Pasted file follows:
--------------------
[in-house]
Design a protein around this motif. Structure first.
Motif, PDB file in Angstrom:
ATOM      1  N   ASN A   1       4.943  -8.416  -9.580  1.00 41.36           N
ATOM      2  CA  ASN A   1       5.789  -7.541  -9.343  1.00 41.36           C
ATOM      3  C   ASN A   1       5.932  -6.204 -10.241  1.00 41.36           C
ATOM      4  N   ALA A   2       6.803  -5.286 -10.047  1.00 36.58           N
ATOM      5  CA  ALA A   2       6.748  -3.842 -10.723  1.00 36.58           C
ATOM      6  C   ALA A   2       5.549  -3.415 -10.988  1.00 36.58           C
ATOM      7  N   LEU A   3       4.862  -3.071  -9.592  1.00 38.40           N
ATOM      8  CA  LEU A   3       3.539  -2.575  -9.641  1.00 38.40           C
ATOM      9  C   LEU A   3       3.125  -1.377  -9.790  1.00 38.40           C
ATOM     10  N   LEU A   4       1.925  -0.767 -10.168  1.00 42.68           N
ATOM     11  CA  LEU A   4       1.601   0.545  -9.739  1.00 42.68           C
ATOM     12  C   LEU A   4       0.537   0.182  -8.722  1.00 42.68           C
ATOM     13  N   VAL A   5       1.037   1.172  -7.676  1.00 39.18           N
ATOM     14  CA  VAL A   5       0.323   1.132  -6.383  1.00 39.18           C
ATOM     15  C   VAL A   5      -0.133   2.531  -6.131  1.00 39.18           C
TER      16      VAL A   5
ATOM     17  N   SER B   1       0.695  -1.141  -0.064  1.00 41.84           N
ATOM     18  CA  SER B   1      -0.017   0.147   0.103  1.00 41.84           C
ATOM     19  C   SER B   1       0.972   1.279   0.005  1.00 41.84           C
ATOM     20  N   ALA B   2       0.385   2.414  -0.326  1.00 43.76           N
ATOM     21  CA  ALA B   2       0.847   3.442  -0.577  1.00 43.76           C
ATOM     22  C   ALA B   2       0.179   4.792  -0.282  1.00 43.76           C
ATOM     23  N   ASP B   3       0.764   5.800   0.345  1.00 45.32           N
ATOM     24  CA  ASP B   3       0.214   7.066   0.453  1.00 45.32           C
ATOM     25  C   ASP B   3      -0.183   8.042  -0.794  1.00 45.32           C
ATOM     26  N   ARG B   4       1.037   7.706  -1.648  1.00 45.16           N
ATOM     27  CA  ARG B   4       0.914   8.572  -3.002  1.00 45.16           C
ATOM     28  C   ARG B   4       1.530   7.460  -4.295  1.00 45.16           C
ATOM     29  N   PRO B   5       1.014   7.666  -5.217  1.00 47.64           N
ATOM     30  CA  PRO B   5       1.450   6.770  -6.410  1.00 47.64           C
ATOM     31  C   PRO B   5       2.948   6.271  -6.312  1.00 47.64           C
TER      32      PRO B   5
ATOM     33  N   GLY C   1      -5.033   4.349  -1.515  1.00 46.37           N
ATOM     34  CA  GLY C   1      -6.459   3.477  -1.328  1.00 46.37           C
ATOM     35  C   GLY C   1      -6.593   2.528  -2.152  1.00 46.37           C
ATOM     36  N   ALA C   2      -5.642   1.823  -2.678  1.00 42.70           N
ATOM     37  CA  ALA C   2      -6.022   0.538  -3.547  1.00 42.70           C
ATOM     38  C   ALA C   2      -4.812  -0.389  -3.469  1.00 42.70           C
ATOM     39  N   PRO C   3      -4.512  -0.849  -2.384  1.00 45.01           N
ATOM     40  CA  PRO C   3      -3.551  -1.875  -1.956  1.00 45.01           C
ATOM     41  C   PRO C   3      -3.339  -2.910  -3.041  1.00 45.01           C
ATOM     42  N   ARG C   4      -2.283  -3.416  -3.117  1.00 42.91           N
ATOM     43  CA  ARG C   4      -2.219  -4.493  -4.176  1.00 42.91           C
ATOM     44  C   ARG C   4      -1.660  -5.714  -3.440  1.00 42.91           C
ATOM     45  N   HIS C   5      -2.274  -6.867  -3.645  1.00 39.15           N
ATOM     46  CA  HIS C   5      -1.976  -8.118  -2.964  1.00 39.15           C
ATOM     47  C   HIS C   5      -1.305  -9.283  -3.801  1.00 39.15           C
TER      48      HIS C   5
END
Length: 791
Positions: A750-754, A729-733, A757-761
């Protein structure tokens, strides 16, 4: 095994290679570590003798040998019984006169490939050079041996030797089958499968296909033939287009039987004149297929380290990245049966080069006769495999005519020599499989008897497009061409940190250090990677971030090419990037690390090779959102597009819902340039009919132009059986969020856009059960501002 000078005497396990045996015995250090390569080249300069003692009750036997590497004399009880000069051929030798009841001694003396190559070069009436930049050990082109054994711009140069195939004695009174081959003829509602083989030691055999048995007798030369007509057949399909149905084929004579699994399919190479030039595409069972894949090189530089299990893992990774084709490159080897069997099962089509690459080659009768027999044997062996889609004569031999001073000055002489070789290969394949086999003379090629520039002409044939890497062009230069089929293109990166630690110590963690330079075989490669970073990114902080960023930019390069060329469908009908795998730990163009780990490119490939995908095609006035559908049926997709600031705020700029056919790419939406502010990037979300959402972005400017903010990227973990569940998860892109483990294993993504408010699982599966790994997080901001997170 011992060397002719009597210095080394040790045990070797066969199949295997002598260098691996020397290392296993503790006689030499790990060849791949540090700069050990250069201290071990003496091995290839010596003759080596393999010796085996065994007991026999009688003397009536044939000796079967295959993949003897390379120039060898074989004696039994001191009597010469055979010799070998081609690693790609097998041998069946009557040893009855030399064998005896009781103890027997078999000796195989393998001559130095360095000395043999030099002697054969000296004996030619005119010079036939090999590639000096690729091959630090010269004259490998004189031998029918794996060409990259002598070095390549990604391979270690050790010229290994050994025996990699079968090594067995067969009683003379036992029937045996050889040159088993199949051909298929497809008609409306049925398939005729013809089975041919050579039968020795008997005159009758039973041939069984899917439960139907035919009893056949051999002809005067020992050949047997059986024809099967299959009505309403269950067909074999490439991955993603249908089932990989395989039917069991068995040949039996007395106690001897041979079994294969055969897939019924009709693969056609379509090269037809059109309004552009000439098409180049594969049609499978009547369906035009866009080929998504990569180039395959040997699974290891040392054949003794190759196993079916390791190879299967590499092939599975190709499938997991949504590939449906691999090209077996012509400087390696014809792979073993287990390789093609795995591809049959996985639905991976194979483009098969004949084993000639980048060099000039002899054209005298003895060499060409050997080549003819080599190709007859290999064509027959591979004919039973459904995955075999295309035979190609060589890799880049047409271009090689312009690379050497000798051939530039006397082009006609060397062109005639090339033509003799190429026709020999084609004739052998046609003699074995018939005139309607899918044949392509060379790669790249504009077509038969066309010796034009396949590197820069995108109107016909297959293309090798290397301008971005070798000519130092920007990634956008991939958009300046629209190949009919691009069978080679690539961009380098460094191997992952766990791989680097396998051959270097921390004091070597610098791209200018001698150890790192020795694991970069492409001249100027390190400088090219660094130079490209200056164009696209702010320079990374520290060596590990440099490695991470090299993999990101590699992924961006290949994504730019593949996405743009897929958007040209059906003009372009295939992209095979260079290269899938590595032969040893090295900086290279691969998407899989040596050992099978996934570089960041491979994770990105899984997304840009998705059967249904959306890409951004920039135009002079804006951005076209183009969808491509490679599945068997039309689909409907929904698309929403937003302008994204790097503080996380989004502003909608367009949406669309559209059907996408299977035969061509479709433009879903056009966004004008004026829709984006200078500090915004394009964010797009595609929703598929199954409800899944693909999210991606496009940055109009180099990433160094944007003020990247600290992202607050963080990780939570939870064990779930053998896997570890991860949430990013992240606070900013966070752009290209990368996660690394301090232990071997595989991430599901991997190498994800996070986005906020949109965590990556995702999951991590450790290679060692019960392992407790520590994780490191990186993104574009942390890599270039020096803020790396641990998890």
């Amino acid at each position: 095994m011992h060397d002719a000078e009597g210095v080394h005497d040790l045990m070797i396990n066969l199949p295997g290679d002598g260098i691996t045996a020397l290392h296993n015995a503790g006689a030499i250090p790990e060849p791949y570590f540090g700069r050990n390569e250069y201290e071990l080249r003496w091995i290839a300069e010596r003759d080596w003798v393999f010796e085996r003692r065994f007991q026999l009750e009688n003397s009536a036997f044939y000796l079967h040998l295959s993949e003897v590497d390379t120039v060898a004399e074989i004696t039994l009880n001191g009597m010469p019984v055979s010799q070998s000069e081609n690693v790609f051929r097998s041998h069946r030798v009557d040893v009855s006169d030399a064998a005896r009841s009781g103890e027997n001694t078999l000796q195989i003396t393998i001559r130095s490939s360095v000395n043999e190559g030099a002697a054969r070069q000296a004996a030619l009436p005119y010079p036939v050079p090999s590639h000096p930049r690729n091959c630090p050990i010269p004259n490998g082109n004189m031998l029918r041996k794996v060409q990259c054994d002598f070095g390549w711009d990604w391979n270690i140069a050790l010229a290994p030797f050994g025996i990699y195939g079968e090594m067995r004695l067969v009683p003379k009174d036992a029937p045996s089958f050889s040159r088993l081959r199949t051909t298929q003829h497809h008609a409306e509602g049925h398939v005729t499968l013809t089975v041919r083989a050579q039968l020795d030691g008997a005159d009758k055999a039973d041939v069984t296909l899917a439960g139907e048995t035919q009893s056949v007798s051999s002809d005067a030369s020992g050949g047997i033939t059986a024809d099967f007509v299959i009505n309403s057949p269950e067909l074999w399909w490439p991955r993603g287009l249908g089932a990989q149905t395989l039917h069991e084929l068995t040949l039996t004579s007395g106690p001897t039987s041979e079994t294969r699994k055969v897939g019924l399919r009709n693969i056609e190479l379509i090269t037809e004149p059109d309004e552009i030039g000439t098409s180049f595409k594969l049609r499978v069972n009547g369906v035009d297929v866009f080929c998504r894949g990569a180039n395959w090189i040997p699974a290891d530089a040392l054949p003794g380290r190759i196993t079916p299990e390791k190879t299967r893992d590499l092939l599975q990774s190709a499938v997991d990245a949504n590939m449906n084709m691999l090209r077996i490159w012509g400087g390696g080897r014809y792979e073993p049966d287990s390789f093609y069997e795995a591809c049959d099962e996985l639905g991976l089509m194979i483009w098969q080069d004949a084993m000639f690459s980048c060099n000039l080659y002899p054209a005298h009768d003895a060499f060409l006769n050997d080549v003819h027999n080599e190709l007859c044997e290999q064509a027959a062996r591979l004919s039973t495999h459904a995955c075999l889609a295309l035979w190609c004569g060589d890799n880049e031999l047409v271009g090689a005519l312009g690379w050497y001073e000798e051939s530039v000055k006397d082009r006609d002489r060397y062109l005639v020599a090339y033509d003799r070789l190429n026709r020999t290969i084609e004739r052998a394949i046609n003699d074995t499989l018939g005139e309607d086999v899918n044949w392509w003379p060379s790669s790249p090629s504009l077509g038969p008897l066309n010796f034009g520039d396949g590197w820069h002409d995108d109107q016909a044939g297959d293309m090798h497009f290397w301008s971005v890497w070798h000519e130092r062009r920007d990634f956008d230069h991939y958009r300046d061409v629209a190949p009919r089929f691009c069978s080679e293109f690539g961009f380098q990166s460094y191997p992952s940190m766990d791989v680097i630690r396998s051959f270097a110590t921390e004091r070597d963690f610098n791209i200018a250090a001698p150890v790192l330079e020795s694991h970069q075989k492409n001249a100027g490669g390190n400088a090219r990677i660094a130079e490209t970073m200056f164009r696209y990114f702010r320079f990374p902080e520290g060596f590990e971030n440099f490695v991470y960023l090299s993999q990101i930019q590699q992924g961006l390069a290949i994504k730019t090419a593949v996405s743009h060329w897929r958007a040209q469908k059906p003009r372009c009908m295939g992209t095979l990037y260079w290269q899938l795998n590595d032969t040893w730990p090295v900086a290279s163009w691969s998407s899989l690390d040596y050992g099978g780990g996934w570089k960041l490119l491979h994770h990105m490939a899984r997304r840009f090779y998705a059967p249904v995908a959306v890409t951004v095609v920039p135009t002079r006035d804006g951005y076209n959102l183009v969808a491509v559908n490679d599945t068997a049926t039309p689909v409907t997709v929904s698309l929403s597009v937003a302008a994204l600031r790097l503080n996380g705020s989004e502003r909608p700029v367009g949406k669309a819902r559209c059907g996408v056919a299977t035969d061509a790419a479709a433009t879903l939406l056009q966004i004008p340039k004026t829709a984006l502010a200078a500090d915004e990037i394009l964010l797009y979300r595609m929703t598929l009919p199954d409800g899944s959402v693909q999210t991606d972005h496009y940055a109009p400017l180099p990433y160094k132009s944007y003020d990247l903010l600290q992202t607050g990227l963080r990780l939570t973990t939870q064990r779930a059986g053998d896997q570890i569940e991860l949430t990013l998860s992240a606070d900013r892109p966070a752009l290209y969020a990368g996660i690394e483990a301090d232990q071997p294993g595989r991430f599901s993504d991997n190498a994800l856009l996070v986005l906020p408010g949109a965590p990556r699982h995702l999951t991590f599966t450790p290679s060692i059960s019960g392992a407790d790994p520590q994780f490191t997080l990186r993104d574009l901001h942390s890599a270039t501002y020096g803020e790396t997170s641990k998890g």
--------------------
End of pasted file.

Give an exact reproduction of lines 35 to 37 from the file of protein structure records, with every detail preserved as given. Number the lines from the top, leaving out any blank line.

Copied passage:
TER      32      PRO B   5
ATOM     33  N   GLY C   1      -5.033   4.349  -1.515  1.00 46.37           N
ATOM     34  CA  GLY C   1      -6.459   3.477  -1.328  1.00 46.37           C